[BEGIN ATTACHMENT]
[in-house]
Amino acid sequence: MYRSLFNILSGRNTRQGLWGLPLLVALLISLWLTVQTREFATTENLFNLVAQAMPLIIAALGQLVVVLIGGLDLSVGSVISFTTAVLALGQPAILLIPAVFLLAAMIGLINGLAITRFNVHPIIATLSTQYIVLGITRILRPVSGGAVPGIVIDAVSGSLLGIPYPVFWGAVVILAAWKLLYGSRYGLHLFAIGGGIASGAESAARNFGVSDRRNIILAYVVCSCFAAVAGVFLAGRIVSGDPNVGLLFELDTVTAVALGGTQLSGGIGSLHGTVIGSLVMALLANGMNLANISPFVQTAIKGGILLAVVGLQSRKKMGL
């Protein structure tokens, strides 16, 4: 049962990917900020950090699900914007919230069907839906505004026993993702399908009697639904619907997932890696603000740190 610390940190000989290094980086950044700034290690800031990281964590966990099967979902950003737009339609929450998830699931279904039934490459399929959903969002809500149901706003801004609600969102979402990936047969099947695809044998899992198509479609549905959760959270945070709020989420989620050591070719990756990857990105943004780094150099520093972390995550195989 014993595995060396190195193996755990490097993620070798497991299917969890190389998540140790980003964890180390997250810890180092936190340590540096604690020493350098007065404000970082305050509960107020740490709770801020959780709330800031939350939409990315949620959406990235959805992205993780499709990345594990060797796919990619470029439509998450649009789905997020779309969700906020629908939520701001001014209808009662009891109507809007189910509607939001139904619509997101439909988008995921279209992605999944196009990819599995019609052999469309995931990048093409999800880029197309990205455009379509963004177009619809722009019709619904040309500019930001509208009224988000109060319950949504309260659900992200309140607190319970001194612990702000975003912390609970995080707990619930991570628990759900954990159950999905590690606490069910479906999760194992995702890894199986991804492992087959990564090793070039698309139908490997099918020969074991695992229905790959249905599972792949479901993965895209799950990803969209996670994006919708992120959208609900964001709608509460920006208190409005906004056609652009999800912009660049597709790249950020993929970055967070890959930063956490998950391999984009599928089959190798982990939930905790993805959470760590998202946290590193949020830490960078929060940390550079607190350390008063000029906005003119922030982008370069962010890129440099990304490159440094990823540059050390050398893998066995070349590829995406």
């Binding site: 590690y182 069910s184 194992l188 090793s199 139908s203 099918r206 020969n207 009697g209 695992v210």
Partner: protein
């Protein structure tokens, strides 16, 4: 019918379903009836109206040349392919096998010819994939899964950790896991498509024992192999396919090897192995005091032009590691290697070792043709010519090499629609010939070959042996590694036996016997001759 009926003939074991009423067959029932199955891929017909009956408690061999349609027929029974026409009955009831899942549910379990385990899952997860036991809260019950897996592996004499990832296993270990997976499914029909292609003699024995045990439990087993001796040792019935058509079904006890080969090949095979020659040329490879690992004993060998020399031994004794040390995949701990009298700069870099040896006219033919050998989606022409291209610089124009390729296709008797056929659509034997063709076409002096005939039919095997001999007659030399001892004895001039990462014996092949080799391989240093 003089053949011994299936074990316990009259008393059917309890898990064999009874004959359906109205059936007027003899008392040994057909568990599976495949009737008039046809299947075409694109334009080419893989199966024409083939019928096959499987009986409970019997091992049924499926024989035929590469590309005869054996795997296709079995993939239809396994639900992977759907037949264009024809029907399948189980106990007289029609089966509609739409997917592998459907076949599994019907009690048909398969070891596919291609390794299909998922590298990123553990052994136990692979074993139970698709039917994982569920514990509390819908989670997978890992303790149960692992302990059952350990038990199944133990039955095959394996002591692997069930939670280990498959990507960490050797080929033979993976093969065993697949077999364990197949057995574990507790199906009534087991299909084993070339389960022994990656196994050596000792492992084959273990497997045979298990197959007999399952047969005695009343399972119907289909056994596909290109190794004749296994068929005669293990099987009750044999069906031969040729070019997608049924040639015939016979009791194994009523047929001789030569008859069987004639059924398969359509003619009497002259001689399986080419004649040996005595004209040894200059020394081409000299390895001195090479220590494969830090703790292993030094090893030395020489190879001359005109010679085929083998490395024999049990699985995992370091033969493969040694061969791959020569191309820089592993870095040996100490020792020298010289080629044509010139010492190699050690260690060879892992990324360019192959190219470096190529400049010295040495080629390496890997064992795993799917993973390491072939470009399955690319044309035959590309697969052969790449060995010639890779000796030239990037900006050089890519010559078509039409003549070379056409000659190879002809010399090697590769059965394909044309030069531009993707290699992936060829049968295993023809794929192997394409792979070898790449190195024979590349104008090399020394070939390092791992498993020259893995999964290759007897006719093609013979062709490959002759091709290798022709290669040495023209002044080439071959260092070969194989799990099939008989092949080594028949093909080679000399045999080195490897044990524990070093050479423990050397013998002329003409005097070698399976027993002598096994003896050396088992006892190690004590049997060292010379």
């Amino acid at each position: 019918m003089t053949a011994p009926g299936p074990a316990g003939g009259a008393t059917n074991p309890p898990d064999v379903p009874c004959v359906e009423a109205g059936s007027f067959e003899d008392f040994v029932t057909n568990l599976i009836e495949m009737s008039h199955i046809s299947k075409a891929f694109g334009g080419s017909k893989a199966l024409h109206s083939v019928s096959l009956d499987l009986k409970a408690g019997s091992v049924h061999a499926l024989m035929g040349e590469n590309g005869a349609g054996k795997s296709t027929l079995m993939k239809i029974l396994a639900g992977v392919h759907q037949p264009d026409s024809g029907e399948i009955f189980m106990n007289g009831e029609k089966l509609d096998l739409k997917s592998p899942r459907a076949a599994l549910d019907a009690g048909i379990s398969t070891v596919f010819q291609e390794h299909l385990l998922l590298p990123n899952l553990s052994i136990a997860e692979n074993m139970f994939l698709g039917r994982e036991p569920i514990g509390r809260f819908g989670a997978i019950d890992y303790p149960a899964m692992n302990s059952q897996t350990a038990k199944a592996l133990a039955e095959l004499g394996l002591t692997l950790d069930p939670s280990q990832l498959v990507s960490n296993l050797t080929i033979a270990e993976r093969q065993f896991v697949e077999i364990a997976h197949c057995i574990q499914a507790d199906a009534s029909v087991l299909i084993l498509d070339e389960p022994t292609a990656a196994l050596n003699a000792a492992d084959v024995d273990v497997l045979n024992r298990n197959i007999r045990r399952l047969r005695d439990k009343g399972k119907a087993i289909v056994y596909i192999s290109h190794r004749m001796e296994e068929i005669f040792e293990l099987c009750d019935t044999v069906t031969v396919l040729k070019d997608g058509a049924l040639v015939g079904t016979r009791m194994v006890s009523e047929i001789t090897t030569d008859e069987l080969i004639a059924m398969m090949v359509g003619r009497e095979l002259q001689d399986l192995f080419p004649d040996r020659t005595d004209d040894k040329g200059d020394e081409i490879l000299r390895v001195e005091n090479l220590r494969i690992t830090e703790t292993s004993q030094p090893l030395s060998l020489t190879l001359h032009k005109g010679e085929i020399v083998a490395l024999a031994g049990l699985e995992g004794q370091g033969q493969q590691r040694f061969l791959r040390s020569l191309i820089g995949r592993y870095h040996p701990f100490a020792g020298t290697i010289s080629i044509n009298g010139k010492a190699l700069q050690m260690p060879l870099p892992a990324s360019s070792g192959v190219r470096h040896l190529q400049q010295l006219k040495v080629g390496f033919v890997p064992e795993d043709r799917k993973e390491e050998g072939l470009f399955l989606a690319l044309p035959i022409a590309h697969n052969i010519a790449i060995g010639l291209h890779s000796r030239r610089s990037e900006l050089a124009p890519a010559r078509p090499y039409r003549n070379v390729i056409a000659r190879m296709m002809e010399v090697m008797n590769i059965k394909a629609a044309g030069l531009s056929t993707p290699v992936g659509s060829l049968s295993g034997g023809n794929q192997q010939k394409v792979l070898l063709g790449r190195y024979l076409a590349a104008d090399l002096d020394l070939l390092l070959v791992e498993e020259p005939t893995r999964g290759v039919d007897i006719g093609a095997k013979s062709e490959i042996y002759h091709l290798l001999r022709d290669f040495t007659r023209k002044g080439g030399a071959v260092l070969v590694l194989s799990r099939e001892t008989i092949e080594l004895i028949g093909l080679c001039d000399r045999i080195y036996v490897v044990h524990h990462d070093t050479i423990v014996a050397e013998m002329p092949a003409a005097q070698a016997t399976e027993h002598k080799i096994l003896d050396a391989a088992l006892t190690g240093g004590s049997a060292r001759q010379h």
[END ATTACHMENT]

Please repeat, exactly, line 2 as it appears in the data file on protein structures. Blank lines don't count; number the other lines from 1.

Amino acid sequence: MYRSLFNILSGRNTRQGLWGLPLLVALLISLWLTVQTREFATTENLFNLVAQAMPLIIAALGQLVVVLIGGLDLSVGSVISFTTAVLALGQPAILLIPAVFLLAAMIGLINGLAITRFNVHPIIATLSTQYIVLGITRILRPVSGGAVPGIVIDAVSGSLLGIPYPVFWGAVVILAAWKLLYGSRYGLHLFAIGGGIASGAESAARNFGVSDRRNIILAYVVCSCFAAVAGVFLAGRIVSGDPNVGLLFELDTVTAVALGGTQLSGGIGSLHGTVIGSLVMALLANGMNLANISPFVQTAIKGGILLAVVGLQSRKKMGL